Northwestern University. (2014, January 24). Do doctors spend too much time looking at computer screen?. ScienceDaily. Retrieved December 21, 2014 from www.sciencedaily.com/releases/2014/01/140124115750.htm
Northwestern University. "Do doctors spend too much time looking at computer screen?." ScienceDaily. www.sciencedaily.com/releases/2014/01/140124115750.htm (accessed December 21, 2014).

Share This


More From ScienceDaily



More Health & Medicine News

Sunday, December 21, 2014

Featured Research

from universities, journals, and other organizations


Featured Videos

from AP, Reuters, AFP, and other news services

The Best Tips to Curb Holiday Carbs

The Best Tips to Curb Holiday Carbs

Buzz60 (Dec. 19, 2014) — It's hard to resist those delicious but fattening carbs we all crave during the winter months, but there are some ways to stay satisfied without consuming the extra calories. Vanessa Freeman (@VanessaFreeTV) has the details. Video provided by Buzz60
Powered by NewsLook.com
Sierra Leone Bikers Spread the Message to Fight Ebola

Sierra Leone Bikers Spread the Message to Fight Ebola

AFP (Dec. 19, 2014) — More than 100 motorcyclists hit the road to spread awareness messages about Ebola. Nearly 7,000 people have now died from the virus, almost all of them in west Africa, according to the World Health Organization. Video provided by AFP
Powered by NewsLook.com
Researchers Test Colombian Village With High Alzheimer's Rates

Researchers Test Colombian Village With High Alzheimer's Rates

AFP (Dec. 19, 2014) — In Yarumal, a village in N. Colombia, Alzheimer's has ravaged a disproportionately large number of families. A genetic "curse" that may pave the way for research on how to treat the disease that claims a new victim every four seconds. Duration: 02:42 Video provided by AFP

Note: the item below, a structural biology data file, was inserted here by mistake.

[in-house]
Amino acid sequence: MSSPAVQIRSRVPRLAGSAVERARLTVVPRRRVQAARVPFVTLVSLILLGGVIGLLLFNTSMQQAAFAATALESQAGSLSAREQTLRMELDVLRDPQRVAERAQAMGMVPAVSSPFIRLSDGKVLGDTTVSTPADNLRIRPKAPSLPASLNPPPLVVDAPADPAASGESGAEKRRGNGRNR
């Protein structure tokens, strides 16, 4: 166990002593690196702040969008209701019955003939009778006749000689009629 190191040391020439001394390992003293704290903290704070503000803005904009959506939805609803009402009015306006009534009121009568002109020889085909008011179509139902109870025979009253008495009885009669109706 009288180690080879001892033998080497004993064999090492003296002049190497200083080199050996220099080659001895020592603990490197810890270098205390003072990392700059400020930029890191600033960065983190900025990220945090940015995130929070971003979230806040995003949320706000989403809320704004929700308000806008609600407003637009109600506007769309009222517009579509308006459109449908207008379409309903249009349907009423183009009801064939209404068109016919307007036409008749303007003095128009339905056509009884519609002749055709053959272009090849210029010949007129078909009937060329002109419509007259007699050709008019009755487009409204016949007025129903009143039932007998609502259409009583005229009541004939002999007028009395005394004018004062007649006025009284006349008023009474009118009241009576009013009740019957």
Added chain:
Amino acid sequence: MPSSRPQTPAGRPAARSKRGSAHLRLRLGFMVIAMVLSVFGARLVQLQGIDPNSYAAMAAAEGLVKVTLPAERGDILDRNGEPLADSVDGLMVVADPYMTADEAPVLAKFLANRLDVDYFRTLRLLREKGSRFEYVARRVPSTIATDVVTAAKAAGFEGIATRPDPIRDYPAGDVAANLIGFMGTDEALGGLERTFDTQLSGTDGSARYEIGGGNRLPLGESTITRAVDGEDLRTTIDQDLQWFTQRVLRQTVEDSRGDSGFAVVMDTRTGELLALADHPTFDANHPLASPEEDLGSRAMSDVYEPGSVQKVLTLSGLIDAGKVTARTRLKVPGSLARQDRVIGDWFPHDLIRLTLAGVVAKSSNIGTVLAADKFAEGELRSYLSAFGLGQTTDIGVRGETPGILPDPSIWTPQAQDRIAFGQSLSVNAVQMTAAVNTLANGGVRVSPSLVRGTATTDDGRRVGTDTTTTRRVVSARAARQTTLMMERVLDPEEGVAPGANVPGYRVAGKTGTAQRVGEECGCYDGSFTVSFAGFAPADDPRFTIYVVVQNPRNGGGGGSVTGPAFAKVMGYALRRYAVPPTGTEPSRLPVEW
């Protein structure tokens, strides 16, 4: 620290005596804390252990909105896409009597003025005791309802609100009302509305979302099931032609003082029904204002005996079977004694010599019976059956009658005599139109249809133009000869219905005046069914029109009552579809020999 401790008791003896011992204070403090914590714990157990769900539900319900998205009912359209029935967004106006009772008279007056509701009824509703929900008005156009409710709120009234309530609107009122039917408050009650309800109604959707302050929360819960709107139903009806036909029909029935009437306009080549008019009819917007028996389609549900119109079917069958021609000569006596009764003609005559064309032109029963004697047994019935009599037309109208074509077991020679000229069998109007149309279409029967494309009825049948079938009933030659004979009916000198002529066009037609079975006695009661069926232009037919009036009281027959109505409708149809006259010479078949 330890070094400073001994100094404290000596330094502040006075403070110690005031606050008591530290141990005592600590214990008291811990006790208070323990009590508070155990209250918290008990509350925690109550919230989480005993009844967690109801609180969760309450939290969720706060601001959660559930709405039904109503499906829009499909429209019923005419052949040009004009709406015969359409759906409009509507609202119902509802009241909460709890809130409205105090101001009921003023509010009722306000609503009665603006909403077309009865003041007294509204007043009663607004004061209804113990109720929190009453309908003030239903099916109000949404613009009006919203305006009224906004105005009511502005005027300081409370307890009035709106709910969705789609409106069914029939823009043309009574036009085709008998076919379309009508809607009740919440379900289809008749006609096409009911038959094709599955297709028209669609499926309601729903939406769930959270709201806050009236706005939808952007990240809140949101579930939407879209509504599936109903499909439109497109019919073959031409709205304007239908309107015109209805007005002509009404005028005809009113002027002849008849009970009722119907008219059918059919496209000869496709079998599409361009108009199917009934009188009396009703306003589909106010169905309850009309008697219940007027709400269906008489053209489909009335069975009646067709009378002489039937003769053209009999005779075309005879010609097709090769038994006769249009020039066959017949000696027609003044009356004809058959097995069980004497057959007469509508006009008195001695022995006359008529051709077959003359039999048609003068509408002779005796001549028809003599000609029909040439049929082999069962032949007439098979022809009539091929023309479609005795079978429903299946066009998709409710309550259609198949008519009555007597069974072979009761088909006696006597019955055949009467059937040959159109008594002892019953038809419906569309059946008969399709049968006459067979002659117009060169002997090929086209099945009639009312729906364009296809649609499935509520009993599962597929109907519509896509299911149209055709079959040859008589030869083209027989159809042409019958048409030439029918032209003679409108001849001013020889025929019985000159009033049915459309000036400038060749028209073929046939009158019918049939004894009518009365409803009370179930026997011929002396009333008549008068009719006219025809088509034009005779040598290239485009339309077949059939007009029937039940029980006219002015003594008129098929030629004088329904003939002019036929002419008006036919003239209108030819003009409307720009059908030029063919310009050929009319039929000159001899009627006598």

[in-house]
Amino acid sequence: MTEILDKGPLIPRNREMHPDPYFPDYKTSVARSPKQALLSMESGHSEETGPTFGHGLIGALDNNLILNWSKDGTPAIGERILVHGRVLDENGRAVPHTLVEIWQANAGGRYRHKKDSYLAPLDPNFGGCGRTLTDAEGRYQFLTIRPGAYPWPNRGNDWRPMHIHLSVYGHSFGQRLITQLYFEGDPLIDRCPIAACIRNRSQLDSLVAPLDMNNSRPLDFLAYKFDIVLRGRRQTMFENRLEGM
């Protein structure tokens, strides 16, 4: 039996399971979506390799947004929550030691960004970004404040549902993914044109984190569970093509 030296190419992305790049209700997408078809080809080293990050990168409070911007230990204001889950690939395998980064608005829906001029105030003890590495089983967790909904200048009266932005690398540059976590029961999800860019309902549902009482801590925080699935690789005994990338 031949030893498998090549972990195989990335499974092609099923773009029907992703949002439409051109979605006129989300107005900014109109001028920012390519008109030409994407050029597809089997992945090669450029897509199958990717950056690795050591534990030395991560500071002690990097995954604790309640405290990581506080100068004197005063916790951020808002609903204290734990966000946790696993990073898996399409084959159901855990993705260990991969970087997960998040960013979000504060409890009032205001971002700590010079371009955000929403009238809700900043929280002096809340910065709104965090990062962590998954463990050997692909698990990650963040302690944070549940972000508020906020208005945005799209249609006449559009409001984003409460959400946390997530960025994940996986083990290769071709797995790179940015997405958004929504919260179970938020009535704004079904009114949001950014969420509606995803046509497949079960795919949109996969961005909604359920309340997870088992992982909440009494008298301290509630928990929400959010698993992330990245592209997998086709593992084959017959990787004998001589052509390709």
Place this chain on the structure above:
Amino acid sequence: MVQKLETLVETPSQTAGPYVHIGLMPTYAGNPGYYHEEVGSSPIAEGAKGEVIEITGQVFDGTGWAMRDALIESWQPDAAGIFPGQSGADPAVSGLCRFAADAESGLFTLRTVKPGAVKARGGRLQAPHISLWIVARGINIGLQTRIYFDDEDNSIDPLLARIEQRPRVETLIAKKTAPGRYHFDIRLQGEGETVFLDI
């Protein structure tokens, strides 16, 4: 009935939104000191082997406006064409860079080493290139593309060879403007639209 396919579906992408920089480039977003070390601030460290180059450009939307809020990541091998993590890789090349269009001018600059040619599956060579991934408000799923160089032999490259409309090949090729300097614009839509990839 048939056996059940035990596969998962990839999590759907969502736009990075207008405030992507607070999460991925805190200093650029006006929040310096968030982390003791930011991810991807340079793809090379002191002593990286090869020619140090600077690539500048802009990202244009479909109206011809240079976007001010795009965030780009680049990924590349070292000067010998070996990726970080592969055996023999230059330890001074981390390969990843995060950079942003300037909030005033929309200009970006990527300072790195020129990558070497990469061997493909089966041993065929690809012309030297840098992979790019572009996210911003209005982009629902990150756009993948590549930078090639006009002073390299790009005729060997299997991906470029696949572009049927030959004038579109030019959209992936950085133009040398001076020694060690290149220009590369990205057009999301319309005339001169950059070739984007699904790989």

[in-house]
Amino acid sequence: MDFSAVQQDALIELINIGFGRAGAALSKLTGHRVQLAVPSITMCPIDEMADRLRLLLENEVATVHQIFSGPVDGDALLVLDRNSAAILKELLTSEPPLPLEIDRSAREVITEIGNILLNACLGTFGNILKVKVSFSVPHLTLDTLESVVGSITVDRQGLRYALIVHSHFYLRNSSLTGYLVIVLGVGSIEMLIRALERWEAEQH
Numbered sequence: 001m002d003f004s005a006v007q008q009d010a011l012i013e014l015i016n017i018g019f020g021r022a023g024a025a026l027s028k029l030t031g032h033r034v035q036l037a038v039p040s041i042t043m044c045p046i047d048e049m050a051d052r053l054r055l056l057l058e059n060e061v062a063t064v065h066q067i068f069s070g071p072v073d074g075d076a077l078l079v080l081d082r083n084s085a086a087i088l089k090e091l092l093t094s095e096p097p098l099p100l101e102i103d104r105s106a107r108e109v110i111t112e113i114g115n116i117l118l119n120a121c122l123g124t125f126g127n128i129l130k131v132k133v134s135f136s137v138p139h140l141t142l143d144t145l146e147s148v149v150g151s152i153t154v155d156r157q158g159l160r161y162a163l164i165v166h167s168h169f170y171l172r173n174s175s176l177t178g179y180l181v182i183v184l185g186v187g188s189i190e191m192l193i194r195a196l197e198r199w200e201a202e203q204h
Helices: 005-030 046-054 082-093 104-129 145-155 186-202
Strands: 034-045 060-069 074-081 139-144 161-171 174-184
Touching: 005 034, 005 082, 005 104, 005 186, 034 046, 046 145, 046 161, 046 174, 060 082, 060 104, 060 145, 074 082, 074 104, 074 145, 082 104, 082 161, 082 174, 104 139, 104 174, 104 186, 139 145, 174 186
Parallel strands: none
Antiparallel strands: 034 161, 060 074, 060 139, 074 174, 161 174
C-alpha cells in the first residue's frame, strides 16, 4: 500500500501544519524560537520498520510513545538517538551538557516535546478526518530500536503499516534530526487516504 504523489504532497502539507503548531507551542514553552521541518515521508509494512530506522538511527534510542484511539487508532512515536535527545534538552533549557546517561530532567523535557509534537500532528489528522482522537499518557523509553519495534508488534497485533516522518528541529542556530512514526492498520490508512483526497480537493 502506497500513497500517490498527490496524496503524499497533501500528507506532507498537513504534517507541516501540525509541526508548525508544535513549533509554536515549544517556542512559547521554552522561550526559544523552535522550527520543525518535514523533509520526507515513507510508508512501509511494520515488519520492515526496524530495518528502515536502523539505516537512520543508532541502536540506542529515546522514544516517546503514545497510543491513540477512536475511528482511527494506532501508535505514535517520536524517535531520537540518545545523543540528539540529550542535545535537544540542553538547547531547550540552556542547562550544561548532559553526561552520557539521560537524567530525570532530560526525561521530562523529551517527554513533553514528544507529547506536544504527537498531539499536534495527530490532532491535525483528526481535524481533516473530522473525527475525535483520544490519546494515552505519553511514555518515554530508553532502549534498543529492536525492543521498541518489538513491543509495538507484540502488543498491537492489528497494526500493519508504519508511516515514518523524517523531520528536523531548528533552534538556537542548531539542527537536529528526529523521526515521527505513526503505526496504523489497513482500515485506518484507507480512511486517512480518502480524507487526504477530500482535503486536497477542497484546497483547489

Powered by NewsLook.com
The Best Protein-Filled Foods to Energize You for the New Year

The Best Protein-Filled Foods to Energize You for the New Year

Buzz60 (Dec. 19, 2014) — The new year is coming and nothing will energize you more for 2015 than protein-filled foods. Fitness and nutrition expert John Basedow (@JohnBasedow) gives his favorite high protein foods that will help you build muscle, lose fat and have endless energy. Video provided by Buzz60
Powered by NewsLook.com

Search ScienceDaily

Number of stories in archives: 140,361

Find with keyword(s):
 
Enter a keyword or phrase to search ScienceDaily for related topics and research stories.

Save/Print:
Share:  

Breaking News:

Strange & Offbeat Stories

 

Health & Medicine

Mind & Brain

Living & Well

In Other News

... from NewsDaily.com

Science News

Health News

Environment News

Technology News



Save/Print:
Share:  

Free Subscriptions


Get the latest science news with ScienceDaily's free email newsletters, updated daily and weekly. Or view hourly updated newsfeeds in your RSS reader:

Get Social & Mobile


Keep up to date with the latest news from ScienceDaily via social networks and mobile apps:

Have Feedback?


Tell us what you think of ScienceDaily -- we welcome both positive and negative comments. Have any problems using the site? Questions?
Mobile iPhone Android Web
Follow Facebook Twitter Google+
Subscribe RSS Feeds Email Newsletters
Latest Headlines Health & Medicine Mind & Brain Space & Time Matter & Energy Computers & Math Plants & Animals Earth & Climate Fossils & Ruins